New Research: Maturing Believers Exercise Faith, Trust

LifeWay Research has released a new research brief on maturing believers. Here are the details:

Believers who are progressing in spiritual maturity are more likely to exercise their faith by trusting God even in difficult circumstances, according to a survey by LifeWay Research.

“Exercising Faith” is one of eight attributes of discipleship that consistently show up in the lives of maturing Christians. The attributes are part of the Transformational Discipleship study conducted by LifeWay Research.

Among the eight attributes of discipleship tested, churchgoers have higher scores for Exercising Faith than any of the other attributes, said Ed Stetzer, president of LifeWay Research. Yet, he pointed out, only 13 percent of attendees were able to give the best response to all of the questions in this attribute.

“It is easy to say God has a purpose for everything in life, but it requires faith to enjoy seeing His plan unfold in difficult times,” Stetzer said.

Additionally, 86 percent agree they “express praise and gratitude to God even in difficult circumstances.”

Seventy-eight percent disagree that, in the midst of difficult circumstances, they “sometimes doubt that God loves me and will provide for my life.” Fifteen percent agree they sometimes doubt the love of God and His provision.

The survey shows the longer someone has trusted Christ as their Savior, the better their responses are for exercising faith. Being involved in a Bible study group, praying for Christians and non-Christians, and witnessing to nonbelievers also make a positive impact…

The survey also reveals those stronger in their faith are less prone to doubt God’s involvement, even in unexplainable circumstances. Just 9 percent agree with the statement: “When things happen in my life I can’t explain, I typically doubt God is involved.” Eighty percent disagree with the statement.

To help pastors, churches and individuals measure spiritual development, LifeWay Research used the study’s data to develop a questionnaire for believers, called the Transformational Discipleship Assessment (TDA), an online evaluation that delivers individual and group reports on spiritual maturity using the eight attributes of biblical discipleship. The TDA also provides helpful and practical suggestions for churches and individuals on appropriate next steps for spiritual development.

To learn more about the transformational discipleship research visit LifeWayResearch.com. The TDA is available at TDA.LifeWay.com.

You can read the full release with methodology here.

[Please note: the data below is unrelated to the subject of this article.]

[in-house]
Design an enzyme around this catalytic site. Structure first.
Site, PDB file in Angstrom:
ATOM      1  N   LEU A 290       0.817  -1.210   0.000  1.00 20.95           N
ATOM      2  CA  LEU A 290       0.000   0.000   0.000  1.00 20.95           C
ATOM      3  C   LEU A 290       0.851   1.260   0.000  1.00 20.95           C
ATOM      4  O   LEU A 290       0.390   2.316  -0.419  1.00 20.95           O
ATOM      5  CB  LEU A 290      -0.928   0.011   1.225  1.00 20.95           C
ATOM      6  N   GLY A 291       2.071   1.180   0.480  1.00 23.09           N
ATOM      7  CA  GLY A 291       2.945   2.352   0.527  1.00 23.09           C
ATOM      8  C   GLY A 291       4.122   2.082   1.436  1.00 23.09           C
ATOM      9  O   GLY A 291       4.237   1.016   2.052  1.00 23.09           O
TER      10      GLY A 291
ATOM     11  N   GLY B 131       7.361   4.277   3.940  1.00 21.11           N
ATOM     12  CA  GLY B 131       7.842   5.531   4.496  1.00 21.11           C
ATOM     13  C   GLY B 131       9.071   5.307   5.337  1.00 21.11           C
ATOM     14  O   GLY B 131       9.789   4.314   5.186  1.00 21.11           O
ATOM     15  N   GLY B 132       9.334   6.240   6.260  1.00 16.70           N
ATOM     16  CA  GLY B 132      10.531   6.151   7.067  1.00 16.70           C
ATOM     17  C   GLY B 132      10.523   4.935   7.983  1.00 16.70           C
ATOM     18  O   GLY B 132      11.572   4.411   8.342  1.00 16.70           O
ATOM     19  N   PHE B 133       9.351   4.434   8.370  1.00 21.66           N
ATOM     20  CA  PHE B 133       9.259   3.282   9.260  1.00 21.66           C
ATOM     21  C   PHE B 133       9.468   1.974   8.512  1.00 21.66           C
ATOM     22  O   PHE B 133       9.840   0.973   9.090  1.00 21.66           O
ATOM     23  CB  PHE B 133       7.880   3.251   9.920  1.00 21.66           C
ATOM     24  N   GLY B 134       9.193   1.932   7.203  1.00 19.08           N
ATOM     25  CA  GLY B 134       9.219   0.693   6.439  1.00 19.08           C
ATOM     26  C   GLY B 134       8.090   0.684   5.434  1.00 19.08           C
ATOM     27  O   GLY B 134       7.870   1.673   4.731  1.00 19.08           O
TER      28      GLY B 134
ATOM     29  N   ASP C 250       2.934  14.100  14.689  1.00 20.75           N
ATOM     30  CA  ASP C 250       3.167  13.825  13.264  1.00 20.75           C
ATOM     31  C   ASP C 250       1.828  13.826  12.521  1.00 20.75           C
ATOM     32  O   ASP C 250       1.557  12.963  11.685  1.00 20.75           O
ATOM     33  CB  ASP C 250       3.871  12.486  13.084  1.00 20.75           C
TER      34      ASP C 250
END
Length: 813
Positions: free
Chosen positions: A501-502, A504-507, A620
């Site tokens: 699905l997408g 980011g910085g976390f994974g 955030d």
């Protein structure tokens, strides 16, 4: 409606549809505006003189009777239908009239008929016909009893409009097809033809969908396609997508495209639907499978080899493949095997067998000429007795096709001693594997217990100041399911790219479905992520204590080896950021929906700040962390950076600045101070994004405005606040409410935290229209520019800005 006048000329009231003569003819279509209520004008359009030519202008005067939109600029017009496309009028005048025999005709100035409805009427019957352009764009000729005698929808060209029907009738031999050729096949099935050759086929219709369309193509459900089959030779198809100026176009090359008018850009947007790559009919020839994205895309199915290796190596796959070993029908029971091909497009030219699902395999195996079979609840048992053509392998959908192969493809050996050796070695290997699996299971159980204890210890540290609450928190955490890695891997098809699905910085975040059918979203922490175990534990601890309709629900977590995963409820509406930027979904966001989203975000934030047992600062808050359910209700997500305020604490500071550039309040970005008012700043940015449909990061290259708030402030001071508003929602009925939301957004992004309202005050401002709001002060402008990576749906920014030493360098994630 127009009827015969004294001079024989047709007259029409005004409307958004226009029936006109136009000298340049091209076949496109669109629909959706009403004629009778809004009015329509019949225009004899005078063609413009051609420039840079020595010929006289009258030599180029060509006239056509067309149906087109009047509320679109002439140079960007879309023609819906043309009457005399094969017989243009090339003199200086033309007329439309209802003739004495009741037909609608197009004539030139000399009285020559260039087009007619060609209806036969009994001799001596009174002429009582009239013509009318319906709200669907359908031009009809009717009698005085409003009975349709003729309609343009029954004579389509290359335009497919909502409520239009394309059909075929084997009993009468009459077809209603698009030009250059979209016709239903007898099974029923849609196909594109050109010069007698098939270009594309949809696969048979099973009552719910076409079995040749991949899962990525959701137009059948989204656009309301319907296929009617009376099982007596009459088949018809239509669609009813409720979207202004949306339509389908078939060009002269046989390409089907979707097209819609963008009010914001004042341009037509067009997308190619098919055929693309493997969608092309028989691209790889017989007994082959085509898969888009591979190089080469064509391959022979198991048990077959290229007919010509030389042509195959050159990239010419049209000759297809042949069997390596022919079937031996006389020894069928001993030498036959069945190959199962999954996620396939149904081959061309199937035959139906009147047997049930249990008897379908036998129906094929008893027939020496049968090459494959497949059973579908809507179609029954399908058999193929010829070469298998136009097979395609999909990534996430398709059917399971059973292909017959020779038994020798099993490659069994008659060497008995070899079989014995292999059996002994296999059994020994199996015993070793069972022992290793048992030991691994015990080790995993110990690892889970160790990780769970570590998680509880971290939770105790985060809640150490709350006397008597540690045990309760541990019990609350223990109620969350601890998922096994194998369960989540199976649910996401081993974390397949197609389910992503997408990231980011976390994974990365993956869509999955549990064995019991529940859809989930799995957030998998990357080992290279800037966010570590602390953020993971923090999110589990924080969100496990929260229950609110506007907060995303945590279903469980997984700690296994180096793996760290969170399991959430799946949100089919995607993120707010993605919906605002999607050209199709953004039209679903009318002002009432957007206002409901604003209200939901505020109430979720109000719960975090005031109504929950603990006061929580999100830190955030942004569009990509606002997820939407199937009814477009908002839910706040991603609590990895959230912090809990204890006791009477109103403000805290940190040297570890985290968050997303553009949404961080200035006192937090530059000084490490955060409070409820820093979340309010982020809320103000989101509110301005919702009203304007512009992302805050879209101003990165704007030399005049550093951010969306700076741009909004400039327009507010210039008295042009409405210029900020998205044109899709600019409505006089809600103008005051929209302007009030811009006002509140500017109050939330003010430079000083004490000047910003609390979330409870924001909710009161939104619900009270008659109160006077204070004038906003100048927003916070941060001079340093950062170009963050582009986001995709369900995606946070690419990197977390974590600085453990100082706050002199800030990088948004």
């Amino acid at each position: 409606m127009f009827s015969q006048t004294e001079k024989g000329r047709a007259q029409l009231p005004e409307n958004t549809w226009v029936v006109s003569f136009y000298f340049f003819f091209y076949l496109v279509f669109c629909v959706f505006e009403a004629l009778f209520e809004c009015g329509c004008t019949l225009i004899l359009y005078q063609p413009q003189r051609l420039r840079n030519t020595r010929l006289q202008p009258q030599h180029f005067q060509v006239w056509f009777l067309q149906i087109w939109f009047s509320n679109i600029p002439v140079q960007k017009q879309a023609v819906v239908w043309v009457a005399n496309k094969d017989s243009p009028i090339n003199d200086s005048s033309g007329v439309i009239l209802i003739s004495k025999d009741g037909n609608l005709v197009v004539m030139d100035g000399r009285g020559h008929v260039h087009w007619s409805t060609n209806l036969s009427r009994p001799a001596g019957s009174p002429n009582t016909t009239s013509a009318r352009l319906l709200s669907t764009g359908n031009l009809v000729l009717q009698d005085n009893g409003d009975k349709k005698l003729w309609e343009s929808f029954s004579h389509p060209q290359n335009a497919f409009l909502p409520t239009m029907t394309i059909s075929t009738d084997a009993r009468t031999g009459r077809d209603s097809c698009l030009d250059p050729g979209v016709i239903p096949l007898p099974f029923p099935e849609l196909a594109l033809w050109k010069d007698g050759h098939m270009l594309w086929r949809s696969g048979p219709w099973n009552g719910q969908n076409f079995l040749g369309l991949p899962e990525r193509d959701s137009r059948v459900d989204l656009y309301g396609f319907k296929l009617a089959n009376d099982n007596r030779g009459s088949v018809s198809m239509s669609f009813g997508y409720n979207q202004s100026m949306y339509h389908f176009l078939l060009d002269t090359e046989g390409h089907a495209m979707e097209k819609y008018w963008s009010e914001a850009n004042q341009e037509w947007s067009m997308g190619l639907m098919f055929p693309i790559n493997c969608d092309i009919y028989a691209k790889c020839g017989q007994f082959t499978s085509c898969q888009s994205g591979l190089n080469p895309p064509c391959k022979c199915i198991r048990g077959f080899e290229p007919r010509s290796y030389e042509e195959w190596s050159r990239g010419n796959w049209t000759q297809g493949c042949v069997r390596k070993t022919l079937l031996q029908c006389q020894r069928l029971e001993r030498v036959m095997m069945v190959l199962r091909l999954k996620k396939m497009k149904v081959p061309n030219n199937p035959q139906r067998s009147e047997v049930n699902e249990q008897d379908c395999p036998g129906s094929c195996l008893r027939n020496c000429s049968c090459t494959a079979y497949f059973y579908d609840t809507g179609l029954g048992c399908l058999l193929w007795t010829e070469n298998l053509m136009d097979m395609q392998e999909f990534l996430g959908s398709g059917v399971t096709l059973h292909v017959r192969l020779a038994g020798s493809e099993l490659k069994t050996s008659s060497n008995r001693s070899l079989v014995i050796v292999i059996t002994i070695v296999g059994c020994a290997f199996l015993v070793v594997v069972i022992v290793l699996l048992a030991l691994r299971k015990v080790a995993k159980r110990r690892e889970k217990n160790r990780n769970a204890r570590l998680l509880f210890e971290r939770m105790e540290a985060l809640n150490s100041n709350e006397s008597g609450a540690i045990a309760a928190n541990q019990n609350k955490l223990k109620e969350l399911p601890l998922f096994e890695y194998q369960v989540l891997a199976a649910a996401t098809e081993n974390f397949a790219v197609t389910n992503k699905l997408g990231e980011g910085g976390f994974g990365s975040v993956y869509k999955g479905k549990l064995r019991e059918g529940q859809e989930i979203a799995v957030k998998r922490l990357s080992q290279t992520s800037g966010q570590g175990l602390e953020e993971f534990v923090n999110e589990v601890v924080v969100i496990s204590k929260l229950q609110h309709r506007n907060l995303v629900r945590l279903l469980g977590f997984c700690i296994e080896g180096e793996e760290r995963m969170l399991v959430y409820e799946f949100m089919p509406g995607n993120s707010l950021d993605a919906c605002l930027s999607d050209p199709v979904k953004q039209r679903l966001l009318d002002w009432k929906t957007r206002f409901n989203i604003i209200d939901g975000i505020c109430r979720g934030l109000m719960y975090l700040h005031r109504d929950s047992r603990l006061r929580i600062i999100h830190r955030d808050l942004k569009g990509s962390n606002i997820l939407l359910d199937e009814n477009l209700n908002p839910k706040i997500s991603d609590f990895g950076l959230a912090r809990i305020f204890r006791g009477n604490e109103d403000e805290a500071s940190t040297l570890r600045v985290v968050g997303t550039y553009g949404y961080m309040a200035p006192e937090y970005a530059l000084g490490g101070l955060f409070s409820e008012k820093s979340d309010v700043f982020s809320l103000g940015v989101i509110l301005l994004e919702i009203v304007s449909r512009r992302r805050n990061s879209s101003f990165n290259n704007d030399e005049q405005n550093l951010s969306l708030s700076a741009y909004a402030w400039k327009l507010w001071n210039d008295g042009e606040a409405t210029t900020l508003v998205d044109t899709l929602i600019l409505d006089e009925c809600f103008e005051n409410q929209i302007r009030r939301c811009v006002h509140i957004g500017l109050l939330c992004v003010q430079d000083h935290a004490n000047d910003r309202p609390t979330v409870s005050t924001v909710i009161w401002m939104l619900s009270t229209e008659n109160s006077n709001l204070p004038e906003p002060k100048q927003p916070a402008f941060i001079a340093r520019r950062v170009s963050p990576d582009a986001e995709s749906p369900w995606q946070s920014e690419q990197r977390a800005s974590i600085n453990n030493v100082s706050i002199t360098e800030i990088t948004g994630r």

Read more from Ed here.

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ABOUT THE AUTHOR

Ed Stetzer

Ed Stetzer

Ed Stetzer, Ph.D., holds the Billy Graham Chair of Church, Mission, and Evangelism at Wheaton College and serves as Executive Director of the Billy Graham Center for Evangelism. He has planted, revitalized, and pastored churches, trained pastors and church planters on six continents, holds two masters degrees and two doctorates, and has written dozens of articles and books. Previously, he served as Executive Director of LifeWay Research. Stetzer is a contributing editor for Christianity Today, a columnist for Outreach Magazine, and is frequently cited or interviewed in news outlets such as USAToday and CNN. He serves as interim pastor of Moody Church in Chicago.

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COMMENTS

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Recent Comments
What happens when u dont have a meeting place any more. And u was forced out because the buliding wasnt available any more.
 
— Debra
 
If someone wants entertainment they're going to the wrong place. Church is not a place for entertainment...or in my opinion a barrage of coffee and donuts. Why are churches today bringing the world INTO them? Then there's the thing with children...age appropriate??? These little guys can pick stuff up in service. Besides Jesus said Suffer little children, and forbid them not, to come unto me: for of such is the kingdom of heaven. Mt. 19:14.
 
— Laurie
 
I love the intentionality here as well as the challenge to look at the data. That's missing so many times. I would like to offer a contrarian's take. Church members and regular attenders have so many ways to get information: Announcements, bulletins, social channels, relationships, and email being among the options. But brand new people are likely going to check out the website and that's it. It might be wiser for churches with limited time and resources to focus their website almost exclusively to guests. This group of people isn't looking for a calendar of events but wants to know about regular programs. They probably aren't interested in watching all of the messages but instead may want to preview one of the services. For the times we need church members to go to websites (sign up for camp, join a group, etc), we're probably better off designing and promoting a specific page rather than cluttering up the homepage.
 
— Michael Lukaszewski (@mlukaszewski)
 

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